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Burmese refugees in Bangladesh suffer a shortage of food, care

Rights group says aid is being denied

About 30,000 unregistered Burmese refugees are effectively quarantined at the makeshift Kutupalong camp. About 30,000 unregistered Burmese refugees are effectively quarantined at the makeshift Kutupalong camp. (Physicians for Human Rights)
By James F. Smith
Globe Staff / March 9, 2010

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Nearly 1 in 5 Burmese Muslim children living in unofficial refugee camps in Bangladesh are suffering from acute malnutrition because they are being denied food aid and health care, according to a report from a Cambridge-based human rights group being released today.

Researchers for the organization, Physicians for Human Rights, conducted lengthy interviews and a survey last month of 100 families in one squalid camp that is home to members of the Rohingya minority, who have fled to Bangladesh in recent years from across the border in Myanmar, formerly known as Burma.

The researchers found that more than 18 percent of the children under 5 showed symptoms of acute malnutrition and 55 percent had suffered diarrhea in the past 30 days because of squalid conditions in the camps.

The human rights group called on the government of Bangladesh and the Office of the United Nations High Commissioner for Refugees to take urgent steps to improve conditions in the Rohingya settlements in southeastern Bangladesh, near the Myanmar border.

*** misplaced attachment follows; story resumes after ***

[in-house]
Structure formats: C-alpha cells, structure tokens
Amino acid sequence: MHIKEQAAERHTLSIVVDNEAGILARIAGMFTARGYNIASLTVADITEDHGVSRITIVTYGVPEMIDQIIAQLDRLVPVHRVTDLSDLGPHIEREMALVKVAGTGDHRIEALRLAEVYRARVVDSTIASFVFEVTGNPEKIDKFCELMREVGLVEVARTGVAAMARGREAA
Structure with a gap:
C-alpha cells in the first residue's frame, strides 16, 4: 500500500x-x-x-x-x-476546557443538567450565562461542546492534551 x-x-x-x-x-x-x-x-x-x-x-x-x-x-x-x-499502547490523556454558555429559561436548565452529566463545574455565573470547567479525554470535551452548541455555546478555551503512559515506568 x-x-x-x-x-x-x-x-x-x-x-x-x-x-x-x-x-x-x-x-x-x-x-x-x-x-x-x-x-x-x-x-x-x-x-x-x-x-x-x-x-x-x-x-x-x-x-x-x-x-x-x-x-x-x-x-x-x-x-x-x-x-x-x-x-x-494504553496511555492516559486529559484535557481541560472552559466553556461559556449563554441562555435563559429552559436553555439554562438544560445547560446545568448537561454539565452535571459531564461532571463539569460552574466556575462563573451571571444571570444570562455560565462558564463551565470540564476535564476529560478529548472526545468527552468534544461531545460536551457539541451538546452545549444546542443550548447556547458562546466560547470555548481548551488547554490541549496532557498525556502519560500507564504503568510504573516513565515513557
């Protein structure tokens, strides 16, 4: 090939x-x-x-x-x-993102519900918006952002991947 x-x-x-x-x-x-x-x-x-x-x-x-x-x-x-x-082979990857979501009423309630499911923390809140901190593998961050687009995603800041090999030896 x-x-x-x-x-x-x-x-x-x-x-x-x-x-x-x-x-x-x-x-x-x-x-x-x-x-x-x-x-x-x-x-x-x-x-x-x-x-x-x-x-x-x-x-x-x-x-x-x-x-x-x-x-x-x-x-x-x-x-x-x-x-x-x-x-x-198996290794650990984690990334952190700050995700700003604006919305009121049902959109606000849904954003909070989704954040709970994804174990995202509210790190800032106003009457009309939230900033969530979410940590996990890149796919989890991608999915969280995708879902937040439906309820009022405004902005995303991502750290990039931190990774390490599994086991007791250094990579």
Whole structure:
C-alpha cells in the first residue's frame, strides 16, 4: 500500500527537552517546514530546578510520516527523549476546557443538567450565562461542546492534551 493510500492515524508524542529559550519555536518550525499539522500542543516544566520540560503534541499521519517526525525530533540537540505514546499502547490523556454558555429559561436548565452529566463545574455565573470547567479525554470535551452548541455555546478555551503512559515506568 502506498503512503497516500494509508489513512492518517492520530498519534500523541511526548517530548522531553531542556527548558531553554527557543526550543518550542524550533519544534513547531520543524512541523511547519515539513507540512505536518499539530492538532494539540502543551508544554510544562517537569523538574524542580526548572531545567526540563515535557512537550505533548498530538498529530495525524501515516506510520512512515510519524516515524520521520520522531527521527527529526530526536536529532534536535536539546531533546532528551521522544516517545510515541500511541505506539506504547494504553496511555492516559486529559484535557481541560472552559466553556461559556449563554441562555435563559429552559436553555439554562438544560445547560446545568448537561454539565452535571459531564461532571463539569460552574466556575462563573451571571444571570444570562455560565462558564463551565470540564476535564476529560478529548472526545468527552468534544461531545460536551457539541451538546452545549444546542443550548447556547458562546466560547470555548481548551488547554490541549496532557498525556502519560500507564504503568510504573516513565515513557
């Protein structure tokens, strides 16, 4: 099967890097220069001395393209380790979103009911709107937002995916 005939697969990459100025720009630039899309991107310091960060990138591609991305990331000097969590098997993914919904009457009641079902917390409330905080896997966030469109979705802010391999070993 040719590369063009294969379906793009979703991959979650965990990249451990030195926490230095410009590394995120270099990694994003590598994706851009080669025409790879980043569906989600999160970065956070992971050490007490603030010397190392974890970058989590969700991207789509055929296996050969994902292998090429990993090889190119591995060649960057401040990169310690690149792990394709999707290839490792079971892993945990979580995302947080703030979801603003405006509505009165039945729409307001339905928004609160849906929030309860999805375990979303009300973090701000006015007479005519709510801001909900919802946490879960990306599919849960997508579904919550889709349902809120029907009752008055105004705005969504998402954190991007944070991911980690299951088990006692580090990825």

The Rohingya people are Burmese Muslims who have faced persecution for decades from the military government. Roughly 300,000 have fled across the border into Bangladesh, especially since the early 1990s, but just 28,000 live in official UN refugee camps. The rest have settled in Bangladeshi towns or in the unofficial settlements on the edges of the official camps.

Officials at the Bangladesh Embassy in Washington could not be reached for comment. The government of Bangladesh has said in the past that the Rohingya are economic migrants in the country without permission and should go home. Bangladesh says it lacks the capacity to care for the Rohingya refugees, and it wants Myanmar to take back those who are registered with the UN refugee agency.

Other rights groups have complained that in recent months Bangladeshi authorities have stepped up their harassment of the Rohingya and are blocking some of the meager international aid that does get to the group. Doctors Without Borders said a Bangladesh government crackdown appeared to have started in October.

The Physicians for Human Rights report said refugees told the researchers that Bangladeshi police have forcibly sent more than 2,200 Rohingya back to Myanmar and have rounded up thousands of others who are now isolated in makeshift camps amid miserable sanitary conditions.

The report researchers were led by Richard Sollom, director of research and investigations, and Dr. Parveen Parmar, an emergency physician from Brigham and Women’s Hospital. They surveyed residents of the Kutupalong makeshift settlement. They also interviewed others from three nearby informal camps.

Their report, titled “Starving and Stateless,’’ declares: “Burmese refugees at the unofficial camps in Bangladesh are critically food insecure and are beginning to die from starvation.’’

“The great majority of children examined by the PHR team were both visibly stunted and underweight, both signs of chronic malnutrition,’’ the report added. The bad conditions also raise the risk of waterborne diseases: “Walking through the Kutupalong camp, PHR investigators saw stagnant raw sewage next to refugees’ makeshift dwellings.’’